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Poem by Percy Bysshe Shelley



Swifter far than summer's flight
Swifter far than youth's delight
Swifter far than happy night,
Art thou come and gone
As the earth when leaves are dead,
As the night when sleep is sped,
As the heart when joy is fled,
I am left lone, alone.


The swallow summer comes again
The owlet night resumes her reign
But the wild-swan youth is fain
To fly with thee, false as thou.
My heart each day desires the morrow;
Sleep itself is turned to sorrow;
Vainly would my winter borrow
Sunny leaves from any bough.


Lilies for a bridal bed
Roses for a matron's head
Violets for a maiden dead
Pansies let MY flowers be:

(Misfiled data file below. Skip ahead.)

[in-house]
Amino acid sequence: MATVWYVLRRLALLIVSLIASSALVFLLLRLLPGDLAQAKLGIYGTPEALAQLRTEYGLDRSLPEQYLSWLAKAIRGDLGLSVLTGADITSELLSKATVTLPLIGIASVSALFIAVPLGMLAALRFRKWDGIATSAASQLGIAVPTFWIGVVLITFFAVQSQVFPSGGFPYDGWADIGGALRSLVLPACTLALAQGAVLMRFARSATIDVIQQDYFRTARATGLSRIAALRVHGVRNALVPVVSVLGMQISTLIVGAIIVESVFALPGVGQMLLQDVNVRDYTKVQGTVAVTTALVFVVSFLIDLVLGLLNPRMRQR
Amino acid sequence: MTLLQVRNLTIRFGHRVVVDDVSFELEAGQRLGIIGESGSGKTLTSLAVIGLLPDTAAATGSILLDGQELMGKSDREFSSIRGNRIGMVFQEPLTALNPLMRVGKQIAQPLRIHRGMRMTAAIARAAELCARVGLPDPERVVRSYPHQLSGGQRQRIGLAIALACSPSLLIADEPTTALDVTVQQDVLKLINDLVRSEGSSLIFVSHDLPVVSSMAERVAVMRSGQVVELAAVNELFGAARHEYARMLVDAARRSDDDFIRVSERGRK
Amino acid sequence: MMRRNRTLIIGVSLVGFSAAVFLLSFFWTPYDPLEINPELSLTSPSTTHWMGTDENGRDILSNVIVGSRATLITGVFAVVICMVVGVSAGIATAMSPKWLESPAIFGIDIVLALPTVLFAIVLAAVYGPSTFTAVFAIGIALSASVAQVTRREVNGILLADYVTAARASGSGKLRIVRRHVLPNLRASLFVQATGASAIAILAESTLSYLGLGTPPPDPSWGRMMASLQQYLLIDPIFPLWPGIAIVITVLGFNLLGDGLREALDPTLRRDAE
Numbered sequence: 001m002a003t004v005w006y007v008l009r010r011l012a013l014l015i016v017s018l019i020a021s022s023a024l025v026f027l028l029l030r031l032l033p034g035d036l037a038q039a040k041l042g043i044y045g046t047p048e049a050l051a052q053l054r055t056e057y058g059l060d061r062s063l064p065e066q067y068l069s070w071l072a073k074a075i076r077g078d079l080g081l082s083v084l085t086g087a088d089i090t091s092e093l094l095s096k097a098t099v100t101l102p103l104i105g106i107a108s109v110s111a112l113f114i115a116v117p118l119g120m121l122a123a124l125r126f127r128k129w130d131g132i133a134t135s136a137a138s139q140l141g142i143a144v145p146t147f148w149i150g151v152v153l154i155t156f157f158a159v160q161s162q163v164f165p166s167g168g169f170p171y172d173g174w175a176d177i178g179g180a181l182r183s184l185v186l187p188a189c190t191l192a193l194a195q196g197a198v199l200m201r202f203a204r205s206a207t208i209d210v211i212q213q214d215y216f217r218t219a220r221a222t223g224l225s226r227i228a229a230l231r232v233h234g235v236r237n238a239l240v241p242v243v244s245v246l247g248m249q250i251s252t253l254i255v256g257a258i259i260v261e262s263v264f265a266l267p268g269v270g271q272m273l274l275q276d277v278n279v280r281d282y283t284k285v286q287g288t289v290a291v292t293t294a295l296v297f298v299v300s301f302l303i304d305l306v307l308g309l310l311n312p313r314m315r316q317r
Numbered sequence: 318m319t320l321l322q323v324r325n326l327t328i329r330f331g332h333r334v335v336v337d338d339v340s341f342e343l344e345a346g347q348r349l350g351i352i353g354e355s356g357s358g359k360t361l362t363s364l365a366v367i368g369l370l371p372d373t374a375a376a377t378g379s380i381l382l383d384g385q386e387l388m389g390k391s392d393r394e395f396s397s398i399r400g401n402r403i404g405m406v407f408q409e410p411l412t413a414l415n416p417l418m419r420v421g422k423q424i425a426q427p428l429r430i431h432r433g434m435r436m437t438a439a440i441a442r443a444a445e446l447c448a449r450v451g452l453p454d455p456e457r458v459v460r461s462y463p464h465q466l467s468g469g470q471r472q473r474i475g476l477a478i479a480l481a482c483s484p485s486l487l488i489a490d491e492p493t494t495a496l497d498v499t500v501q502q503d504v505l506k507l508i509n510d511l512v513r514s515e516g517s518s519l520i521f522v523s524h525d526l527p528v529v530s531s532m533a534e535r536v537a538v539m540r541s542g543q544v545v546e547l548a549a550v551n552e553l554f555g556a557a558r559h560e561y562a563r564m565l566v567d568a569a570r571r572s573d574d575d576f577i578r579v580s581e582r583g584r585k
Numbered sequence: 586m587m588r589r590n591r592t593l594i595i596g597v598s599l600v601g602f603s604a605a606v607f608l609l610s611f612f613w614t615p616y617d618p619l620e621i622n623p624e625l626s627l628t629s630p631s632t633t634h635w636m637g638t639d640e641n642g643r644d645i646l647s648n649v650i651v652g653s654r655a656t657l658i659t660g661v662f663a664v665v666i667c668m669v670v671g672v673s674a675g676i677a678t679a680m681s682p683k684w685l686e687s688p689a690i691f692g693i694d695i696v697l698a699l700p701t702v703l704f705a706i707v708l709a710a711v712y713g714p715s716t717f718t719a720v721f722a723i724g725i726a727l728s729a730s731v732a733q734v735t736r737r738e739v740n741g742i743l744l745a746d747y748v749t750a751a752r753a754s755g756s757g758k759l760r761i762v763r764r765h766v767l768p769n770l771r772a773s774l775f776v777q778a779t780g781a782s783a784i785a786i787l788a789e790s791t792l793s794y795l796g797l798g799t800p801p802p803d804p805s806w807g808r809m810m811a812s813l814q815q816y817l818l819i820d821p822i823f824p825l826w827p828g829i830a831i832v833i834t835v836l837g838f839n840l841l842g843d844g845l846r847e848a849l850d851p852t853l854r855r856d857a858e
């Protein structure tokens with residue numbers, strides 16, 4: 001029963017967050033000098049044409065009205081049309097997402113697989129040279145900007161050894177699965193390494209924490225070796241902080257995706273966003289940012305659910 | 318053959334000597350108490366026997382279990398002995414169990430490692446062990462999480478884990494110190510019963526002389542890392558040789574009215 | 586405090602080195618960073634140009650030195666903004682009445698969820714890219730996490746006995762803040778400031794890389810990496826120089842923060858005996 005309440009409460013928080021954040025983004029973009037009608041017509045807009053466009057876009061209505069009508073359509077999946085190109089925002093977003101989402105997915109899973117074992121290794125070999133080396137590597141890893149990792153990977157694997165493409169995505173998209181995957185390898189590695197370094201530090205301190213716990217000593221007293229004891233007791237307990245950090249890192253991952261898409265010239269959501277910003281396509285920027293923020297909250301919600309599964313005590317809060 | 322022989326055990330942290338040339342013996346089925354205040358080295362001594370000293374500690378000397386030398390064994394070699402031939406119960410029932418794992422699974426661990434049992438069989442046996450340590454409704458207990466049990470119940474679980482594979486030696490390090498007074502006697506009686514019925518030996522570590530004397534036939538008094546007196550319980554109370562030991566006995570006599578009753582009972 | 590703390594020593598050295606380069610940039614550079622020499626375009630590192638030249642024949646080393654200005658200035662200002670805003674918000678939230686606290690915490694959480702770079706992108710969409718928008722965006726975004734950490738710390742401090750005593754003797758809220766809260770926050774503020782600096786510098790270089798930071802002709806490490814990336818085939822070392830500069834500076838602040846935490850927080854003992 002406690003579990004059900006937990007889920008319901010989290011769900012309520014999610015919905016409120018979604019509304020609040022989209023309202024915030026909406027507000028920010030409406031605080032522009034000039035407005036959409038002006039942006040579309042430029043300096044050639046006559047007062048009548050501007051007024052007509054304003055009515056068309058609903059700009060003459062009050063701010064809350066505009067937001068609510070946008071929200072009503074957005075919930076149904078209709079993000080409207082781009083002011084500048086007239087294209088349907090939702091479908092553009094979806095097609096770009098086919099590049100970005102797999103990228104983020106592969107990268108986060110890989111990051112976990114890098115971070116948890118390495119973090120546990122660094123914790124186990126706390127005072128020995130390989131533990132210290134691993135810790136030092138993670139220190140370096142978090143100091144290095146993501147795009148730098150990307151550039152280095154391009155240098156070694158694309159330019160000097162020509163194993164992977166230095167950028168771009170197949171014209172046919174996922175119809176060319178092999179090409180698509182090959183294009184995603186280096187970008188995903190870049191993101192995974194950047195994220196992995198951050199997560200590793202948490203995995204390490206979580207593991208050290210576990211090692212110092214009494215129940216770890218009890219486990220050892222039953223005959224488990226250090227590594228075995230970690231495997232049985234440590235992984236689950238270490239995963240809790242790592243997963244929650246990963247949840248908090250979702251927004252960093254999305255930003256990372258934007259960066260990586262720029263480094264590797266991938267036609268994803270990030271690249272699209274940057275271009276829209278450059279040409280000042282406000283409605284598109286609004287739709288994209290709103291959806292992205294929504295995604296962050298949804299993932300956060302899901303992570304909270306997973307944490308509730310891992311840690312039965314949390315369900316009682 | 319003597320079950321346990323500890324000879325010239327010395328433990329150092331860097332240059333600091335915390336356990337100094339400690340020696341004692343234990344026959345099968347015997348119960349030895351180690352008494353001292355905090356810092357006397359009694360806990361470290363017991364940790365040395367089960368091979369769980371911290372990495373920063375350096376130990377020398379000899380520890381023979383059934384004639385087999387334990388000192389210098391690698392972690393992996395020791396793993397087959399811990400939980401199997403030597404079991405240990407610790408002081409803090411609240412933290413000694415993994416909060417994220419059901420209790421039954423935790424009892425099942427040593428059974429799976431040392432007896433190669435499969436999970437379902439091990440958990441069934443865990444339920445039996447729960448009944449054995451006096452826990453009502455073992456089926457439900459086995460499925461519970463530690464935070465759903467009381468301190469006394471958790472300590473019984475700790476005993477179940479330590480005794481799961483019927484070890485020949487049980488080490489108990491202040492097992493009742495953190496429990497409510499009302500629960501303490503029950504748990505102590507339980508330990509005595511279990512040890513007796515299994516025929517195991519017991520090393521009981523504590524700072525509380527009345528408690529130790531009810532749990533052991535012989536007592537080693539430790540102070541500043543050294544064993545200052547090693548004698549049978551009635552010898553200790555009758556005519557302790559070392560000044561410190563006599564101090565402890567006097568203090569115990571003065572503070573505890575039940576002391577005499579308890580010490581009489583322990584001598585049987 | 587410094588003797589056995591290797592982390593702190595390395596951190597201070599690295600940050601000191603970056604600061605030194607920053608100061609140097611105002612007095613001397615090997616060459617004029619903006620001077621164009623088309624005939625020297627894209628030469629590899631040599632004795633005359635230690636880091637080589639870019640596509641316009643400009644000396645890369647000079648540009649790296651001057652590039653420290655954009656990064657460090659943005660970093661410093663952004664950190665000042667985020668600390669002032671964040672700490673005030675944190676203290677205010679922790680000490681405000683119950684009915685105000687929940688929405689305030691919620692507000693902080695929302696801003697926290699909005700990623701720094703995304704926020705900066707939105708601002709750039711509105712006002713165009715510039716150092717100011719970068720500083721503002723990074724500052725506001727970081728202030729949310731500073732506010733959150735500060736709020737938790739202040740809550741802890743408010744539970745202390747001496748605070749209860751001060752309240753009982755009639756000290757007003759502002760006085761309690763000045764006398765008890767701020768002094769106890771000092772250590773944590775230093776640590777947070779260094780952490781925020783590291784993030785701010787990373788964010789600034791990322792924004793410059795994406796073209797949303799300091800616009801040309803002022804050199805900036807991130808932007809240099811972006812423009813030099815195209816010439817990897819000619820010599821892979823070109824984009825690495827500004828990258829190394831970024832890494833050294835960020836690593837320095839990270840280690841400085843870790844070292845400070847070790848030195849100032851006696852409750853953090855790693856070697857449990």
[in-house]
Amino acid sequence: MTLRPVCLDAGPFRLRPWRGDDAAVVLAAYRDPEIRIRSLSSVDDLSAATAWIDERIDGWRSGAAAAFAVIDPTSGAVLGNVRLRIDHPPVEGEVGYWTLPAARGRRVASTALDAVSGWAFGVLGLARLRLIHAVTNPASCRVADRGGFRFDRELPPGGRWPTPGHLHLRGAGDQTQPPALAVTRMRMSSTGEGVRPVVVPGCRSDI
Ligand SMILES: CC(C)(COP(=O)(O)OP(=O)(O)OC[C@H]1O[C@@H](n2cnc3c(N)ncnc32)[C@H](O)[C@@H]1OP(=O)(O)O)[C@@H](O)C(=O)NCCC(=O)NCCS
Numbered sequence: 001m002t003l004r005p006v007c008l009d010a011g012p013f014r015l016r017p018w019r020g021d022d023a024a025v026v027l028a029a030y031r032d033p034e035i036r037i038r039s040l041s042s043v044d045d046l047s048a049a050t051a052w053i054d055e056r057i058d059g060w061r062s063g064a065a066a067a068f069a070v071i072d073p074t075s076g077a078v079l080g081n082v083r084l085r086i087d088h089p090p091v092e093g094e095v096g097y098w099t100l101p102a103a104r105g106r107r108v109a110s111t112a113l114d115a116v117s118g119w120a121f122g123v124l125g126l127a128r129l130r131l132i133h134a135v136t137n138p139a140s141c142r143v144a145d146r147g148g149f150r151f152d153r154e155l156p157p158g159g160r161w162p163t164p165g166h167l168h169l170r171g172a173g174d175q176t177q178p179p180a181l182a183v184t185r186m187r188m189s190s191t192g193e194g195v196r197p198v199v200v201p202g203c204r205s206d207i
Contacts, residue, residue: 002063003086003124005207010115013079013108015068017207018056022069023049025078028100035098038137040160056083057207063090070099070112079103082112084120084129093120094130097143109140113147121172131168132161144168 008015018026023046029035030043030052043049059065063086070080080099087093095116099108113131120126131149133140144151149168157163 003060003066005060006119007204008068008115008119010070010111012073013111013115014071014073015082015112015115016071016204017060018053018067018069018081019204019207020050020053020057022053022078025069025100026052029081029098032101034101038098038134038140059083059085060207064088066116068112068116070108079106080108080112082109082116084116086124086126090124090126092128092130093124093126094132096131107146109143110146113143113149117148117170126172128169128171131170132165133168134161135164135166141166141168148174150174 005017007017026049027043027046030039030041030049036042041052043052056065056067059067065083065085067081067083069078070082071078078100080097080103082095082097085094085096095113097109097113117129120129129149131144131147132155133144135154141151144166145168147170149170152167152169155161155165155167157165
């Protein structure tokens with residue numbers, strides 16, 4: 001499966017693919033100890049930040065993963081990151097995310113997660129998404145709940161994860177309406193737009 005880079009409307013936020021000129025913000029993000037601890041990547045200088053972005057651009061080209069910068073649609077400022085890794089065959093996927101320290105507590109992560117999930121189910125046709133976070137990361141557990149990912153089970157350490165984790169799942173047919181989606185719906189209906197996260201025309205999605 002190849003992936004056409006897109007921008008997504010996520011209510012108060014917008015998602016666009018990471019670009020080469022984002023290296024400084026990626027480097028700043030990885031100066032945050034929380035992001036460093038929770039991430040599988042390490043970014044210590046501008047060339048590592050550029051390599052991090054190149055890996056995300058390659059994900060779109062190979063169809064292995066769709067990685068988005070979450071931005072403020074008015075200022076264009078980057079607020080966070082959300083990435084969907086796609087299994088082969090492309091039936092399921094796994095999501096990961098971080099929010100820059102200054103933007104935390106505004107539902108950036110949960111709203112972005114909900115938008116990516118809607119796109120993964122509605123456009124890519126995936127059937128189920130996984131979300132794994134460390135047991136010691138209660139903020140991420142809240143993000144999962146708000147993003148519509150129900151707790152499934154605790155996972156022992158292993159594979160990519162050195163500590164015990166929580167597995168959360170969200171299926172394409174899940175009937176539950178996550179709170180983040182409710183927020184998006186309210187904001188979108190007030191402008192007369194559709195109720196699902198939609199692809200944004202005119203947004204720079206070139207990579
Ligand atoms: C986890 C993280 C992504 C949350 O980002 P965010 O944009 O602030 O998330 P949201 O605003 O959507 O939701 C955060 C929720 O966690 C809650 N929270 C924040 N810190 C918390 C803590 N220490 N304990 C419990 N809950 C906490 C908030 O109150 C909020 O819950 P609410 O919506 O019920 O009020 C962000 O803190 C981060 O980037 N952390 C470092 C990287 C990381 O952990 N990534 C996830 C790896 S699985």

On the living grave I bear
Scatter them without a tear
Let no friend, however dear,
Waste one hope, one fear for me.

Percy Bysshe Shelley

Percy Bysshe Shelley's other poems:
  1. Liberty
  2. Letter To Maria Gisborne
  3. To Mary
  4. To The Republicans Of North America
  5. Homer's Hymn to Minerva

Poems of the other poets with the same name:

  • George Byron Remembrance ("'Tis done! - I saw it in my dreams")
  • Emily Brontë Remembrance ("Cold in the earthand the deep snow piled above thee")
  • Thomas Wyatt Remembrance ("They flee from me, that sometime did me seek")

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